The prevalence of ransomware assaults is rising year-over-year at a fast tempo, with 2021 marking a doubling within the variety of reported assaults over 2020. As ransomware assaults have develop into a outstanding and profitable type of cyberattack, a market has developed for cybercriminals to purchase and promote ransomware. Some of those criminals provide ransomware-as-a-service (RaaS), offering the infrastructure and malware required to hold out a ransomware assault. Last month, we highlighted a specific malware service that exhibits simply how straightforward it’s to get began with ransomware utilizing a Telegram bot that builds malware packages custom-tailored to customers’ wants.
RaaS isn’t only a proof of idea, however a felony enterprise mannequin working in the actual world. LockBit, a Russian-based RaaS supplier that splits ransom income with its clients, has claimed duty for a current ransomware assault on a Foxconn manufacturing plant. Foxconn is an electronics producer headquartered in Taiwan whose clients embrace Apple, Nintendo, Google, and Microsoft. The firm operates in various international locations, together with China, Mexico, and the United States, and accomplished a deal simply final month to buy a former GM plant in Ohio.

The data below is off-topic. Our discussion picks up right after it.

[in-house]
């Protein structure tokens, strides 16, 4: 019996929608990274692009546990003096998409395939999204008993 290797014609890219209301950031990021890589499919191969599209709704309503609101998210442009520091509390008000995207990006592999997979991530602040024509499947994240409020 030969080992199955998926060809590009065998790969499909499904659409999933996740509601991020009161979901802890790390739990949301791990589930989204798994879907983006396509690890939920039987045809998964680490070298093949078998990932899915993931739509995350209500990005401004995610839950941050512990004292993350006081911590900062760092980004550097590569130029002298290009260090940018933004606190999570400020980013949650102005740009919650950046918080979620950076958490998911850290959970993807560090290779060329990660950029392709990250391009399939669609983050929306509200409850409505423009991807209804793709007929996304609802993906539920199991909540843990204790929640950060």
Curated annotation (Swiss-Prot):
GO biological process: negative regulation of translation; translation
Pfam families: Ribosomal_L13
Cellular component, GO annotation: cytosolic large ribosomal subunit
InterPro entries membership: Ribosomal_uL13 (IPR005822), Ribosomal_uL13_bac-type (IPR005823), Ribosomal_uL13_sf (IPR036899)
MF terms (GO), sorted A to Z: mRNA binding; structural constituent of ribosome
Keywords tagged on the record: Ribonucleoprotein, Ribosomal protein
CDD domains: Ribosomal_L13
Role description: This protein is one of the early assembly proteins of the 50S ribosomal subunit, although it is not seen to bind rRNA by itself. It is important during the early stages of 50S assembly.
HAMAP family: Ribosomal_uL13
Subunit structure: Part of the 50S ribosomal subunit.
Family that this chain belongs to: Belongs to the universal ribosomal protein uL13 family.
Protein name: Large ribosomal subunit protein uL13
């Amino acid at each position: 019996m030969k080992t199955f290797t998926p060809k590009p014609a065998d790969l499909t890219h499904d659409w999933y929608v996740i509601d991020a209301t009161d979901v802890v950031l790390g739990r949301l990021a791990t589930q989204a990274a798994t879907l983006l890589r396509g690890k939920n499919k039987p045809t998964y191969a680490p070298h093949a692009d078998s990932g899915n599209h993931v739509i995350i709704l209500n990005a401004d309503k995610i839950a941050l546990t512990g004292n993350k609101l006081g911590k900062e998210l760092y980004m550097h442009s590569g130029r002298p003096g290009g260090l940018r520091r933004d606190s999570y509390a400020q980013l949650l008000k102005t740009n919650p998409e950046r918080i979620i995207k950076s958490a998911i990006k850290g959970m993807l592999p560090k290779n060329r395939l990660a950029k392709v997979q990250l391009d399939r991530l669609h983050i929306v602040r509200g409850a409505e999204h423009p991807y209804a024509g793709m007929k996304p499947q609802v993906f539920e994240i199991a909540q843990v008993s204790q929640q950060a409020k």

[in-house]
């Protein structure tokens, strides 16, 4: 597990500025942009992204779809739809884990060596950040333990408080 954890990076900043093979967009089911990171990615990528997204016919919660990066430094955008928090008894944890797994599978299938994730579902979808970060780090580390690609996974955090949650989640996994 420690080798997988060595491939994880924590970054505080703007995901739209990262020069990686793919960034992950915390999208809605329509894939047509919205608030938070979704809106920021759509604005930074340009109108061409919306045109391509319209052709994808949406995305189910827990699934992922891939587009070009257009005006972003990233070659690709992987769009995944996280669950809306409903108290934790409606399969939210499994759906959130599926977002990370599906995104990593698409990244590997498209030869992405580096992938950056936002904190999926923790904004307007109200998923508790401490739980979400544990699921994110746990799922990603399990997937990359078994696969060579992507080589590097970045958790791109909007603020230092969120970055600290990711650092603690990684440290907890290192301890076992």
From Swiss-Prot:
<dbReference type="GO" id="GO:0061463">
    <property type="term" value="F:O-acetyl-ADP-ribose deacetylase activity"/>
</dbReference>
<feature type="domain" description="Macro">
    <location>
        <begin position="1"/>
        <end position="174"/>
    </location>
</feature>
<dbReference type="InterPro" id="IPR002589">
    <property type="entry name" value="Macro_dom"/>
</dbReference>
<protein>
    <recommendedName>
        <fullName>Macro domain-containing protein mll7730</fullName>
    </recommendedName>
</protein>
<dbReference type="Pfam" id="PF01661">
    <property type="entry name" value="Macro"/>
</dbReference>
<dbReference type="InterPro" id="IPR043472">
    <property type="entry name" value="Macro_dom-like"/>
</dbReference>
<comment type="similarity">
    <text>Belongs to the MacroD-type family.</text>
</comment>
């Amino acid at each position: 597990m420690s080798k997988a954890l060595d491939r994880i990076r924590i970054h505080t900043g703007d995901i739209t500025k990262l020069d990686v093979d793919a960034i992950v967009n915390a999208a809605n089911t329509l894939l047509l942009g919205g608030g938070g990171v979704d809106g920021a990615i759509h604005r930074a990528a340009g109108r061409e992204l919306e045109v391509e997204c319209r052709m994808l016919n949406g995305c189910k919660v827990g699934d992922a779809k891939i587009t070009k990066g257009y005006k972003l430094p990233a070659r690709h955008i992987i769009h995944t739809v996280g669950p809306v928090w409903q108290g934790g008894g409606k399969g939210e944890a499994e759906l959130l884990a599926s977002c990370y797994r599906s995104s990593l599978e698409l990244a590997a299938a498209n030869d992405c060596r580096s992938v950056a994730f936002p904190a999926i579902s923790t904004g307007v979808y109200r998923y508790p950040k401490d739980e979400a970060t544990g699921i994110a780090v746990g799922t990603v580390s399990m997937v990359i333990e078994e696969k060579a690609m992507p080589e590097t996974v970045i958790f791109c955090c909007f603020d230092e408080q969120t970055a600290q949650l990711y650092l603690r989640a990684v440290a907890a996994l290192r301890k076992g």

On May 31, a ransomware assault struck a Foxconn manufacturing plant situated in Tijuana, Mexico, disrupting enterprise operations. While Foxconn has not attributed the assault to any specific risk actor, the group behind the LockBit ransomware service claims to have carried out the assault. The ransomware gang has not solely encrypted recordsdata on Foxconn techniques, but additionally stolen copies of the recordsdata for itself. The group threatens to launch the recordsdata on the web if Foxconn doesn’t pay a ransom by June 11, although neither LockBit nor Foxconn have indicated what recordsdata have been stolen.
Foxconn addressed the ransomware assault within the following assertion to BleepingComputer: “It is confirmed that one of our factories in Mexico experienced a ransomware cyberattack in late May. The company’s cybersecurity team has been carrying out the recovery plan accordingly. The factory is gradually returning to normal. The disruption caused to business operations will be handled through production capacity adjustment. The cybersecurity attack is estimated to have little impact on the Group’s overall operations. Relevant information about the incident is also provided instantly to our management, clients, and suppliers.”